Appeal from judgment of Court of Common Pleas of Erie County, May T., 1962, No. 17, in case of Thompson Maple Products, Inc. v. The Citizens National Bank of Corry, now by merger, The Marine National Bank.
Malcolm Anderson, with him Frank G. McKnight, and Griggs, Moreland, Blair and Anderson, and Brown and McKnight, for appellant.
Irving Murphy, with him Frederick F. Jones, John A. Spaeder, and MacDonald, Illig, Jones & Britton, and Marsh, Spaeder, Baur, Spaeder & Schaaf, for appellee.
Ervin, P. J., Wright, Watkins, Montgomery, Jacobs, Hoffman, and Spaulding, JJ. Opinion by Hoffman, J. Watkins, J., dissents.
[ 211 Pa. Super. Page 43]
In this assumpsit action, the plaintiff, Thompson Maple Products, Inc., seeks to recover more than $100,000 paid out on a series of its checks by defendant bank, as drawee. The payee's signature on each of the checks was forged by one Emery Albers, who then cashed the checks or deposited them to his account with the defendant.
[ 211 Pa. Super. Page 44]
The case was tried in the court below sitting without a jury. That court entered judgment in favor of the plaintiff in the amount of $1258.51, the face amount of three checks which the defendant had paid without any endorsement whatever.*fn1 It dismissed the remainder of the claim, and this appeal followed.*fn2
The plaintiff is a small, closely-held corporation, principally engaged in the manufacture of bowling pin "blanks" from maple logs. Some knowledge of its operations from 1959 to 1962 is essential to an understanding of this litigation.
The plaintiff purchased logs from timber owners in the vicinity of its mill. Since these timber owners rarely had facilities for hauling logs, such transportation was furnished by a few local truckers, including Emery Albers.
At the mill site, newly delivered logs were "scaled" by mill personnel, to determine their quantity and grade. The employee on duty noted this information, together with the name of the owner of the logs, as furnished by the hauler, on duplicate "scaling slips."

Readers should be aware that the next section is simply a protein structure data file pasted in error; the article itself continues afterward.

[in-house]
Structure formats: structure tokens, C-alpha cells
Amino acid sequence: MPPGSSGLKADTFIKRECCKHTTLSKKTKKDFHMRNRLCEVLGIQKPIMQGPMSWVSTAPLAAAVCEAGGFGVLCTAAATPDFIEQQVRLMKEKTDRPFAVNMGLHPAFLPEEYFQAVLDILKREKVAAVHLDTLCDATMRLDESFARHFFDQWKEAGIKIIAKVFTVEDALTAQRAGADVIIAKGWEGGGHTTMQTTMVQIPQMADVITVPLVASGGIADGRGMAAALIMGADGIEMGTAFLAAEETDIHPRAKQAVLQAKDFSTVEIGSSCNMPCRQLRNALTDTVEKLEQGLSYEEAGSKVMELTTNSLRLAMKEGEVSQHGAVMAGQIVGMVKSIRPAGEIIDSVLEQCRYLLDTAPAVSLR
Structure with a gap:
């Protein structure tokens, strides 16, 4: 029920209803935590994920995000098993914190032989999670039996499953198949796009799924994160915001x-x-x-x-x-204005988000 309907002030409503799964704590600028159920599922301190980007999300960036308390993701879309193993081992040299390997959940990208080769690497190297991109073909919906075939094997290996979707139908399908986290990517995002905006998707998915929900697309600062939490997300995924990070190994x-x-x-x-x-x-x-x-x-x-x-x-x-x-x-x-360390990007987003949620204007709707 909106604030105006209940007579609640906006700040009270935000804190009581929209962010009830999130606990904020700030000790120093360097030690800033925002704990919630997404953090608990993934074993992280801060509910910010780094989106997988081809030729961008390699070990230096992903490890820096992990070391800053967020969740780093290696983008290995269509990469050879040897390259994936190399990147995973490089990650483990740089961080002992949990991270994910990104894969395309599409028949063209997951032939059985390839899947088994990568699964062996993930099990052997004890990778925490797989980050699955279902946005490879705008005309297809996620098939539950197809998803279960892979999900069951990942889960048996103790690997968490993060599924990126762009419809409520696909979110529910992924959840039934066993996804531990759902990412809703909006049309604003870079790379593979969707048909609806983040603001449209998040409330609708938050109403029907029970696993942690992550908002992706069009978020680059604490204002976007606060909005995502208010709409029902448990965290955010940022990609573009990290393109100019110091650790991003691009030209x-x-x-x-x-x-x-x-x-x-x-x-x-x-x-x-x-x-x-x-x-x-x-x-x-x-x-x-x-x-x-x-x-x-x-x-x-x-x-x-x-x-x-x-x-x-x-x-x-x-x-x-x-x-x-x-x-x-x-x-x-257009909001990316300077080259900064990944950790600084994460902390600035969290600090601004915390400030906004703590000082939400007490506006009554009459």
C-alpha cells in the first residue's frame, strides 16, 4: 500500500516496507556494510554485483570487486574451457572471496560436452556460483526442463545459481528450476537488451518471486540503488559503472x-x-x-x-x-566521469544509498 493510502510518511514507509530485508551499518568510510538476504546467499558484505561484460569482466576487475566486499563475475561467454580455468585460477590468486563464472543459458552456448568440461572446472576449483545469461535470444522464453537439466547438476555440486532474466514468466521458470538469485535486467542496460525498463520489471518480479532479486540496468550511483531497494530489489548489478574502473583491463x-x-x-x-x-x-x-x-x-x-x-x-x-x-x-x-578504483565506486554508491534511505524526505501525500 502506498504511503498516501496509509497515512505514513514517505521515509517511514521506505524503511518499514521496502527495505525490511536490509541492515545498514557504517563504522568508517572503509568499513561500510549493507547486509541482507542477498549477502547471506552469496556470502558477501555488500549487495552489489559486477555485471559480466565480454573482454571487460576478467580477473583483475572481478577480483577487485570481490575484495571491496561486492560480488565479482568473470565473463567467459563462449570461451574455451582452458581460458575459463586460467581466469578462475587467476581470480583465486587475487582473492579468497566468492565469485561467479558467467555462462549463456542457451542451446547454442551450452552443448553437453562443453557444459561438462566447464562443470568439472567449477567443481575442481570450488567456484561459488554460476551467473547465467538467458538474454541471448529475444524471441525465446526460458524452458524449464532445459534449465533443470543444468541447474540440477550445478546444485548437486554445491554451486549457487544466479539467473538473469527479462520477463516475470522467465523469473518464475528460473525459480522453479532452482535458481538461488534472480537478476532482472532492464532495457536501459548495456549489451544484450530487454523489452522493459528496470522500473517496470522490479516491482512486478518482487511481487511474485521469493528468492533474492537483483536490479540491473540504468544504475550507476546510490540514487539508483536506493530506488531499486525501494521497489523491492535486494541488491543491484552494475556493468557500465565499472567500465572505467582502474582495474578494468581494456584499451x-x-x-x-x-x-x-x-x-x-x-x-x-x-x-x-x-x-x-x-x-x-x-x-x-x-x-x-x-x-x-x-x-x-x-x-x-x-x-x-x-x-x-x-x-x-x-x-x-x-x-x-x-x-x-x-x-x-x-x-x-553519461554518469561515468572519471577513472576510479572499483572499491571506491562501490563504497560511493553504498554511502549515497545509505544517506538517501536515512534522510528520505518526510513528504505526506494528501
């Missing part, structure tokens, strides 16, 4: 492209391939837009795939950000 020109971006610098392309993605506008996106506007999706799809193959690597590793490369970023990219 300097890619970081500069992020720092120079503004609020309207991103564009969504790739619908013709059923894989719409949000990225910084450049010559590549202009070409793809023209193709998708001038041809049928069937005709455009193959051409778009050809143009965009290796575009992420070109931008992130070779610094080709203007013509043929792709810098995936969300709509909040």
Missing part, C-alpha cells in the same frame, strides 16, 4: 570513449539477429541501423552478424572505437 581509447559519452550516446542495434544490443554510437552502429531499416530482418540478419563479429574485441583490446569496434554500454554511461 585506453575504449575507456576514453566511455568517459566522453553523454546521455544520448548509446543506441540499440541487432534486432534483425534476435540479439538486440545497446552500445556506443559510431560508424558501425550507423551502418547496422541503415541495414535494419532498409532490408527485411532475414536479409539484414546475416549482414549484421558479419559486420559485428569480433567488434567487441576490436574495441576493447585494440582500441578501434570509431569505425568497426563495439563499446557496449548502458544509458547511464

In theory, the copy of the scaling slip was to be given to the hauler, and the original was to be retained by the mill employee until transmitted by him directly to the company's bookkeeper. This ideal procedure, however, was rarely followed. Instead, in a great many instances, the mill employee simply gave both slips to the hauler for delivery to the company office. Office personnel then prepared checks in payment for the
[ 211 Pa. Super. Page 45]
logs, naming as payee the owner indicated on the scaling slips. Blank sets of slips were readily accessible on the company premises.
Sometime prior to February, 1959, Emery Albers conceived the scheme which led to the forgeries at issue here. Albers was an independent log hauler who for many years had transported logs to the company mill. For a brief period in 1952, he had been employed by the plaintiff, and he was a trusted friend of the Thompson family. After procuring blank sets of scaling slips, Albers filled them in to show substantial, wholly fictitious deliveries of logs, together with the names of local timber owners as suppliers. He then delivered the slips to the company bookkeeper, who prepared checks payable to the purported owners. Finally, he volunteered to deliver the checks to the owners. The bookkeeper customarily entrusted the checks to him for that purpose.
Albers then forged the payee's signature and either cashed the checks or deposited them to his account at the defendant bank, where he was well known. Although he pursued this scheme for an undetermined period of time, only checks paid out over a three-year period prior to this litigation are here in controversy. See Uniform Commercial Code, Act of April 6, 1953, P. L. 3, as amended, § 4-406, 12A P.S. § 4-406.
In 1963, when the forgeries were uncovered, Albers confessed and was imprisoned. The plaintiff then instituted this suit against the drawee bank, asserting that the bank had breached its contract of deposit by paying the checks over forged endorsements. See U.C.C. § 3-404, 12A P.S. § 3-404.
The trial court determined that the plaintiff's own negligent activities had materially contributed to the unauthorized endorsements, and it therefore dismissed the substantial part of plaintiff's claim. We affirm the action of the trial court.
[ 211 Pa. Super. Page 46]
Both parties agree that, as between the payor bank and its customer, ordinarily the bank must bear the loss occasioned by the forgery of a payee's endorsement. Philadelphia Title Insurance Company v. Fidelity-Philadelphia Trust Company, 419 Pa. ...